Fact-checkers at The New York Times rated the claim false, noting that since Trump won the presidency in 2016, the S&P 500-stock index and the Dow Jones industrial average were both up by approximately 60 percent.

Whitmer responded to this in her speech by emphasizing how much work still has to be done to build an economy that works for all Americans. 

“It doesn’t matter what the president says about the stock market,” Whitmer said. “What matters is that millions of people struggle to get by or don’t have enough money at the end of the month after paying for transportation, student loans or prescription drugs. … So, when the president says the economy is strong, my question is: strong for whom?”

Next, Whitmer talked about the improvements in education that Democrats from various states have made in the last year and expressed her confidence in the next generation. She closed her speech by urging the American public to continue to pay attention to all the things going on in Washington. 

“It’s not what those senators say,” Whitmer said. “Tomorrow, it’s about what they do that matters. Remember, listen to what people say but watch what they do. It’s time for action. Generations of Americans are counting on us. Let’s not let them down.”

Following Whitmer’s response, U.S. Rep. Debbie Dingell, D-Mich., called for legislative action to address issues impacting working-class Americans on Twitter.

“I am worried about the State of our Union,” Dingell wrote. “We have to find ways to come together for the working men and women of this country to lower cost of prescription drugs, ensure the people who have pre-existing conditions have access to quality, affordable healthcare, that our kids can get a good education, and people who have worked hard for a lifetime are able to have a safe and secure retirement. Coming off the speech, we can’t afford to keep fighting from now until November. I hope there are areas where we can work together for the benefit of all Americans.”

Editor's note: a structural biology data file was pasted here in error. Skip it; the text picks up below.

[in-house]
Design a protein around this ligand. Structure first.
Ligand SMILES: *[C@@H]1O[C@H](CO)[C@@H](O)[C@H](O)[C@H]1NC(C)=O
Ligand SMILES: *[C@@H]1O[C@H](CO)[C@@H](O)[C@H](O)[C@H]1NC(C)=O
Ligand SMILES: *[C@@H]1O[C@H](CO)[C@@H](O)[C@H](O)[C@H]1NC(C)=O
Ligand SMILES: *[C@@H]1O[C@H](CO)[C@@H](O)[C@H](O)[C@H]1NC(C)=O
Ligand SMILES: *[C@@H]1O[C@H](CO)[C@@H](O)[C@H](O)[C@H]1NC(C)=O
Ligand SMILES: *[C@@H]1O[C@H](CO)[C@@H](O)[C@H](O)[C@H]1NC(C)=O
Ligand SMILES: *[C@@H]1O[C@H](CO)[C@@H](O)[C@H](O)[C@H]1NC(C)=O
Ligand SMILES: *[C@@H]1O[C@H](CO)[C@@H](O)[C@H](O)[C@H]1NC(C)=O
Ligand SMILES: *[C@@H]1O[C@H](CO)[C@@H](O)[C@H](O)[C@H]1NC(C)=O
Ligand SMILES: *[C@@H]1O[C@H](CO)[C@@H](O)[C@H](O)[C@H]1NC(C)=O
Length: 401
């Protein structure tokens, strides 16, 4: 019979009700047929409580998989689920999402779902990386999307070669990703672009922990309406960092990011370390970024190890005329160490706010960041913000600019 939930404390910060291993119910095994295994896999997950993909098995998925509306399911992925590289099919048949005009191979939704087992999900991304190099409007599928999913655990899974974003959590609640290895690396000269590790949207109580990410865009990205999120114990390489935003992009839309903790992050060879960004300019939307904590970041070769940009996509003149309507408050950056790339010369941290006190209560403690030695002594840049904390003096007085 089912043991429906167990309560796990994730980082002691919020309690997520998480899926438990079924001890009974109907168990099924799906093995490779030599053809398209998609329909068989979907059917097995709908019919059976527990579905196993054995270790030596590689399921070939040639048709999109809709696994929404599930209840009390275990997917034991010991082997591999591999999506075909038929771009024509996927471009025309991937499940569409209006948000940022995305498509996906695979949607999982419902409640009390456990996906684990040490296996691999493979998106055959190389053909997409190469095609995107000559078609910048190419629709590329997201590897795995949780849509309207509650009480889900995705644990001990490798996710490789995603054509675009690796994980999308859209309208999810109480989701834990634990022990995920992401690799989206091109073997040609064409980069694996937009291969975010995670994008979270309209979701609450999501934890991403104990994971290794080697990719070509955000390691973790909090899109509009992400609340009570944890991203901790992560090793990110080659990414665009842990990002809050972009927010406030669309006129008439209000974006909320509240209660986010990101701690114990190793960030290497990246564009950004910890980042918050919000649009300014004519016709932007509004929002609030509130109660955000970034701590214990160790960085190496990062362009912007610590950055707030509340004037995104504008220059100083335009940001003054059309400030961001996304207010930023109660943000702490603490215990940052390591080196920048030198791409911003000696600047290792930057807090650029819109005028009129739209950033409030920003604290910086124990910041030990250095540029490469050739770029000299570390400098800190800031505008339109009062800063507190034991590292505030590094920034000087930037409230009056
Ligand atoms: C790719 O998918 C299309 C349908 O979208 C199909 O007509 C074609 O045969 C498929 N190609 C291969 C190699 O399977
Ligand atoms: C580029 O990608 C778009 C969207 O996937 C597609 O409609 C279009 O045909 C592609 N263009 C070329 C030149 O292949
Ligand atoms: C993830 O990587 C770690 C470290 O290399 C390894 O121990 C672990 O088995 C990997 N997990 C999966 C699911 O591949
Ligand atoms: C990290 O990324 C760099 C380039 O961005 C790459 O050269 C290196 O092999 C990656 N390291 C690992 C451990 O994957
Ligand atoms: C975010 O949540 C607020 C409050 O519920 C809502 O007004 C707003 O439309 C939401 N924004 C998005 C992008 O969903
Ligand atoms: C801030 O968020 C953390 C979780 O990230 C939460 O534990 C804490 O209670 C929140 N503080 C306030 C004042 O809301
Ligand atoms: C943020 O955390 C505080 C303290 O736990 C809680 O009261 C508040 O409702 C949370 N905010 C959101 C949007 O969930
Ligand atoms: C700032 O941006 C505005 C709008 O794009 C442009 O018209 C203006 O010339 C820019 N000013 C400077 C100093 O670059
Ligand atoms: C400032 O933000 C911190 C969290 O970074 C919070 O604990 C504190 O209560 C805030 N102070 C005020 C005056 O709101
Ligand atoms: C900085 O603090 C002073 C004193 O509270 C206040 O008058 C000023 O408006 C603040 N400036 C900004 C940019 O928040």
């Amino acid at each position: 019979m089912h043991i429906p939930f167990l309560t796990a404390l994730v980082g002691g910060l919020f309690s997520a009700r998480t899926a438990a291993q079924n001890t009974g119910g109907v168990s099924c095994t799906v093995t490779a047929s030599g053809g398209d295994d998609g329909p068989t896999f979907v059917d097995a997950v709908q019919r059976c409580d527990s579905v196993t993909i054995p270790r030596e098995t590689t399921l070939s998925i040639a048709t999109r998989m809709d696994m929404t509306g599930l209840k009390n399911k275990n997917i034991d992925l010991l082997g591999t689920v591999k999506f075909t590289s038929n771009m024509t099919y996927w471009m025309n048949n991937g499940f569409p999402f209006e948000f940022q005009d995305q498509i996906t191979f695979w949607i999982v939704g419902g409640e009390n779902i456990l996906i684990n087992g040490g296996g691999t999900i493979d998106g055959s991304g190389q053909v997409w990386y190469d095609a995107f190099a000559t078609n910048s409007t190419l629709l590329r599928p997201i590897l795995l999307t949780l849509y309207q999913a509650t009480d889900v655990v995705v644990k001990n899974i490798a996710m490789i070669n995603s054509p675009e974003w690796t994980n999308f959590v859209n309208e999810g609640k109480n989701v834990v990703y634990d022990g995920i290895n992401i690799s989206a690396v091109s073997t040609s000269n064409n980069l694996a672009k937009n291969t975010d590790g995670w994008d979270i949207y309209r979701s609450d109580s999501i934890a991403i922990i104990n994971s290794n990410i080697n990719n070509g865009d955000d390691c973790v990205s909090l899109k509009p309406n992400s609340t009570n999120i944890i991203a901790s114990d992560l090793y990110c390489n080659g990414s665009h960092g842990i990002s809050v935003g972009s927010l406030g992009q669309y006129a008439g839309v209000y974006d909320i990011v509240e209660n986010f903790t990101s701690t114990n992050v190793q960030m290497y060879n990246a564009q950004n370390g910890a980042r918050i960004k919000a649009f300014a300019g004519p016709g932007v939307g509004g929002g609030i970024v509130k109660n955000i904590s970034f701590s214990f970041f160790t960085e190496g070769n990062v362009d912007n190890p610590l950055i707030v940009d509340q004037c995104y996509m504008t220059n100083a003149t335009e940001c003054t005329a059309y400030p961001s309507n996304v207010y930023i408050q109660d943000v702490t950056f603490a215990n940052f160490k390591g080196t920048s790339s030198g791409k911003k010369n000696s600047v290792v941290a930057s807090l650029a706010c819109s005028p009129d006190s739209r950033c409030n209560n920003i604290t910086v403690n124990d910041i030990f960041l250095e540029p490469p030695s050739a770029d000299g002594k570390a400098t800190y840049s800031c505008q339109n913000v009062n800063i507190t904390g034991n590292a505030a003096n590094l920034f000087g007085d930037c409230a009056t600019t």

Caroline Martin, member of the University’s chapter of College Republicans and LSA junior, spoke to The Daily about her thoughts on Whitmer’s response and its similarities to the State of the Union. 

“(Whitmer used) the same tactic honestly that the State of the Union used, which is hitting home, individuals and the ideas and the concepts of the American family,” Martin said. “They’re sort of good messages that she’s putting out and, you know, the idea of fixing the roads and improving the overall quality of life for American families. I just think the difference is the two parties obviously have differences on how to achieve that.” 

LSA sophomore Regina Egan, College Democrats communications director, praised Whitmer’s speech.

“Governor Whitmer notably brought national attention to a critical question facing Americans: how well does our country’s infrastructure — in the form of roads, health care, education, etc. — serve the majority of Americans?” Egan said. “Like Governor Whitmer, College Democrats believes in a future of this country that serves each and every one of its constituents.”

Staff reporter Julia Forrest can be reached at